Shea Stadium

Shea Stadium, once a bustling hub of baseball in Flushing, Queens, New York, holds a storied place in the history of Major League Baseball (MLB). Known for its passionate fans and memorable moments, it was more than just a ballpark for the New York Mets; it was a symbol of the team’s identity and its connection with the city.

Stadium Facts about Shea Stadium

  • Location: Flushing, Queens, New York
  • Opened On: April 17, 1964
  • Closed On: September 28, 2008
  • Home Team: New York Mets (National League)
  • Stadium Nicknames: N/A
  • Dimensions: Left Field – 338 feet, Center Field – 410 feet, Right Field – 338 feet
  • Capacity: Approximately 57,333
  • Attendance Record: 60,372 (September 28, 1985)
  • Surface: Grass
  • Architect: Praeger-Kavanaugh-Waterbury
  • Owner: City of New York

The History

Shea Stadium was opened in 1964 to provide a new home for the New York Mets, a team that had been playing at the Polo Grounds since its inception in 1962. Named after William A. Shea, the man responsible for bringing National League baseball back to New York, the stadium was celebrated for bringing a modern baseball experience to fans.

Over its 44 years of operation, Shea Stadium was not only the scene of significant baseball history but also witnessed the evolution of the Mets from lovable losers to World Series champions. The stadium’s closure and subsequent demolition in 2008 made way for Citi Field, the current home of the Mets.

Design and Features

Shea Stadium’s design was emblematic of the multi-purpose stadiums of its era. It featured a circular shape with symmetrical dimensions and seating that wrapped around the entirety of the playing field. This design allowed it to host both baseball and football games, although it primarily served as the home for the Mets.

The stadium was known for its colorful seats, ranging in hues from red to green, and the iconic “Big Apple” that emerged from a top hat every time a Mets player hit a home run. Despite its relatively plain exterior, the stadium’s interior was vibrant and full of character.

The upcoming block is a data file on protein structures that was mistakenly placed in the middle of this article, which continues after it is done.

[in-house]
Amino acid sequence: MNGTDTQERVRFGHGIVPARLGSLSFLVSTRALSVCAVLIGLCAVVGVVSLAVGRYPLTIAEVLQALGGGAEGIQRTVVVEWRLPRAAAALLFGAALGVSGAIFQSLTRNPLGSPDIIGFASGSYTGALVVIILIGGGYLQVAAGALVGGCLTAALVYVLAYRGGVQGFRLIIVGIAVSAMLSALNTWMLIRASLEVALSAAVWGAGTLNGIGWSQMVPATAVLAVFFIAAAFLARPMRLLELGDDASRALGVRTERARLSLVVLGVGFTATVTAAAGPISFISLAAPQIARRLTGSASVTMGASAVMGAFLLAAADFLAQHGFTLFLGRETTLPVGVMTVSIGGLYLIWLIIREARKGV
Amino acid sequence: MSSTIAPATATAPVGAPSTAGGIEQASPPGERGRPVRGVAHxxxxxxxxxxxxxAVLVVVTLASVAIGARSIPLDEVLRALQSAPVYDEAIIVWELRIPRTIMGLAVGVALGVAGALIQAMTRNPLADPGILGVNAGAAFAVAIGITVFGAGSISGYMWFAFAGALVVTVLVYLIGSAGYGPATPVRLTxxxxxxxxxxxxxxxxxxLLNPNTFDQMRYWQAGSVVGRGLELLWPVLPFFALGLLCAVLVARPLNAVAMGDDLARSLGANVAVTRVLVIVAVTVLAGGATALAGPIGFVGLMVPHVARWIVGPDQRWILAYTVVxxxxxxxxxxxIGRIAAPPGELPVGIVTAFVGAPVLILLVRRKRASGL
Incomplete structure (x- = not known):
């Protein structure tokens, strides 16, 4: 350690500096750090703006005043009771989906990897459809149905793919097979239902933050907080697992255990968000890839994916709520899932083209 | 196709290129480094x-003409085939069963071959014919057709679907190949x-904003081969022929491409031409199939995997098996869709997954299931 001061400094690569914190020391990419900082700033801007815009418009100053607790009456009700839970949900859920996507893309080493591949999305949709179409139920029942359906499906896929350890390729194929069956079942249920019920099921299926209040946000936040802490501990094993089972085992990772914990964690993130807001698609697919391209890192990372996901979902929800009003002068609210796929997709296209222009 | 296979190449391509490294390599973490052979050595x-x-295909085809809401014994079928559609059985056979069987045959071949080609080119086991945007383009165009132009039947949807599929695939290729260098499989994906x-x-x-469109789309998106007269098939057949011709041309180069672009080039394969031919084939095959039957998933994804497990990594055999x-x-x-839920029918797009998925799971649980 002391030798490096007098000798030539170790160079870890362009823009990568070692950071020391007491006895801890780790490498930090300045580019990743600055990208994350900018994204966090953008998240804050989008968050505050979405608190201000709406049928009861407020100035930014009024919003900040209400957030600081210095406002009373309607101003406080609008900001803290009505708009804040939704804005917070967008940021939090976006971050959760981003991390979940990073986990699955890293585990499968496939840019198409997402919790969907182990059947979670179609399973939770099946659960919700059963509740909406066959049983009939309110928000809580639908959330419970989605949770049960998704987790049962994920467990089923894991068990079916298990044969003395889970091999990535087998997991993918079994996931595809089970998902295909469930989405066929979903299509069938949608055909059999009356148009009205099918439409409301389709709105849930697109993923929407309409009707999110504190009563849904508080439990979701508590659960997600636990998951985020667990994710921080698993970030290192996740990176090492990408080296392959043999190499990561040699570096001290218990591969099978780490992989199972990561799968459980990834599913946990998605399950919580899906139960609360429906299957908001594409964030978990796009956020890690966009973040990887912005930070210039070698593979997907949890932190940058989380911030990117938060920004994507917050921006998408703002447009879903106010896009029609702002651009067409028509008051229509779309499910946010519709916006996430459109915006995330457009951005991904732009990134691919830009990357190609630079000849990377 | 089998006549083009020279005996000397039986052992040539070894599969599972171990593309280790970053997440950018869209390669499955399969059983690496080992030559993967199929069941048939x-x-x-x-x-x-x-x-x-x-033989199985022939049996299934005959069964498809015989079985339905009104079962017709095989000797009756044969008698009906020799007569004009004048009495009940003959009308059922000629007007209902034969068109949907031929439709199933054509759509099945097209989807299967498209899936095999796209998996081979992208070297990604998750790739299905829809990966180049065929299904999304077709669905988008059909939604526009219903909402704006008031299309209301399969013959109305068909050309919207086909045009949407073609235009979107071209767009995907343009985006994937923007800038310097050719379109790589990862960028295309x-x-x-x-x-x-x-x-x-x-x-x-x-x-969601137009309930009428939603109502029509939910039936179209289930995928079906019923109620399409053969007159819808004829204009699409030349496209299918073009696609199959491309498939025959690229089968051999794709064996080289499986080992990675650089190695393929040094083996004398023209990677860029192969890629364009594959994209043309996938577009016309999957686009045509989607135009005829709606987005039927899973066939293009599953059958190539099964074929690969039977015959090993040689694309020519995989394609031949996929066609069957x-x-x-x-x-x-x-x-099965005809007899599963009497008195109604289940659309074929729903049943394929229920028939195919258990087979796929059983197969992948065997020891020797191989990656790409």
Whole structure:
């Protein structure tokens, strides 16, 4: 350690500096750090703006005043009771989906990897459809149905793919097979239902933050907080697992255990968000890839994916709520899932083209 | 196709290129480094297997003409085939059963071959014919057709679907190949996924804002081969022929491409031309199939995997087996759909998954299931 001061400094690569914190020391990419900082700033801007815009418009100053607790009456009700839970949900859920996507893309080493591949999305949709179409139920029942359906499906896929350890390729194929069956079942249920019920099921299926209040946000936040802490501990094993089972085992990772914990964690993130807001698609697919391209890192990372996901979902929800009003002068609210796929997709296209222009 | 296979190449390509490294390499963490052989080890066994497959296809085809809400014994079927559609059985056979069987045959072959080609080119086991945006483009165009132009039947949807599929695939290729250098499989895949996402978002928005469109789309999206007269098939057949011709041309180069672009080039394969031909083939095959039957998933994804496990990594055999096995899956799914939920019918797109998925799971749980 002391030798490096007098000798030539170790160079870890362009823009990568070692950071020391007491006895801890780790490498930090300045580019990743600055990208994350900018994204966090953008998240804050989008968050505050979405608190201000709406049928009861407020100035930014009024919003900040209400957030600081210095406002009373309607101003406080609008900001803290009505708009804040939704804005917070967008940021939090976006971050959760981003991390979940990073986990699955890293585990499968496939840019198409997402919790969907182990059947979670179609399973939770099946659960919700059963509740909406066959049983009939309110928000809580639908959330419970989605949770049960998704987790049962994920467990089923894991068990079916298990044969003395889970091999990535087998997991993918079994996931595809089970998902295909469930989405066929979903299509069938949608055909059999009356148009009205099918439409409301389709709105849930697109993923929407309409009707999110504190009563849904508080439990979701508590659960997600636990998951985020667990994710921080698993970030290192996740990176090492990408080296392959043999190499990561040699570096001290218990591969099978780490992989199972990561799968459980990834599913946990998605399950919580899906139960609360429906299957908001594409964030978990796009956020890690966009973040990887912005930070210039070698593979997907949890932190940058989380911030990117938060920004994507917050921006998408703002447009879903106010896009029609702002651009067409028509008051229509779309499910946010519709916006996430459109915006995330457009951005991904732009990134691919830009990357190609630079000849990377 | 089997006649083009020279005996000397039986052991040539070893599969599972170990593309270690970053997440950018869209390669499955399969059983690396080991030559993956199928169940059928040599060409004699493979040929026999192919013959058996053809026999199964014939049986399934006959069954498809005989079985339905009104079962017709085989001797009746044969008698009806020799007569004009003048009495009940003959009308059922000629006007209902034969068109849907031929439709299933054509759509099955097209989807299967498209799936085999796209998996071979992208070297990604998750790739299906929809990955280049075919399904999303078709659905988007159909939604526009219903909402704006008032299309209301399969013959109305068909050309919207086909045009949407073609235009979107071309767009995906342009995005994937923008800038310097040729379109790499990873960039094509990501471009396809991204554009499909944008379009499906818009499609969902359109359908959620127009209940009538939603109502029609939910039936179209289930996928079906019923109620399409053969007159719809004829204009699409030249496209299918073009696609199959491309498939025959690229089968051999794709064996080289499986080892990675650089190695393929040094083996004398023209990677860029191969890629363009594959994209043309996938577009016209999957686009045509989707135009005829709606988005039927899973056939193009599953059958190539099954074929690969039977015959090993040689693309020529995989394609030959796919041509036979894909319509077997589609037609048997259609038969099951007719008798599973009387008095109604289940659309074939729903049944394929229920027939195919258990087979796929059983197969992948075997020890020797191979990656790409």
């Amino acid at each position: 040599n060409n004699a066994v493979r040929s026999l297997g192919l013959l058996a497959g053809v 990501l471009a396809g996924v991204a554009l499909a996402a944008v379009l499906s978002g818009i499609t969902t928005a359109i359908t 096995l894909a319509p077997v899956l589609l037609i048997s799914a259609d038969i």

Throughout its lifetime, Shea Stadium underwent several renovations and upgrades. These included installing modern scoreboards, enhancing seating areas, and improving the general facilities to enhance the fan experience.

In its later years, efforts were made to maintain the stadium’s functionality and charm despite growing calls for a newer, more modern ballpark. These renovations were a testament to Shea’s enduring appeal to Mets fans and its significance in New York’s baseball culture.


Shea Stadium offered a range of facilities typical of its era. The concessions featured a variety of classic ballpark fare, catering to the diverse tastes of New York’s fans. The seating areas, though not as luxurious as those in newer stadiums, provided great views of the field and contributed to the stadium’s lively atmosphere.

The stadium’s location in Queens, adjacent to LaGuardia Airport, made it easily accessible, though it also led to the unique experience of planes frequently flying overhead during games.

Memorable Moments at Shea Stadium

  • 1969 World Series: The “Miracle Mets” winning their first World Series.
  • 1986 World Series: The dramatic Game 6 victory en route to the Mets’ second championship.
  • Mike Piazza’s Post-9/11 Home Run: A powerful moment in the city’s healing process.
  • Final Game: The emotional last game in 2008, marking the end of an era.
  • The Beatles Concert: One of the first major rock concerts held at a sports stadium.

Interesting Baseball History at Shea Stadium

  • All-Star Games: Hosting the 1964 and 1977 MLB All-Star Games.
  • Historic Players and Performances: The field saw play by legendary Mets players like Tom Seaver, Darryl Strawberry, and Dwight Gooden.
  • Rivalry Games: The venue for many memorable Mets-Yankees Subway Series games.
  • Record-Breaking Attendance: Shea often saw large crowds, especially during the Mets’ successful seasons.

Non-Baseball Events

Shea Stadium was not limited to baseball; it was a venue for numerous other events, emphasizing its role as a multi-purpose facility. It hosted football games, major concerts (including The Beatles and The Rolling Stones), religious events, and political rallies. These diverse events underscored the stadium’s importance beyond baseball, serving as a cultural and entertainment hub in New York. The range of events held at Shea Stadium highlighted its significance in the broader social and cultural fabric of the city.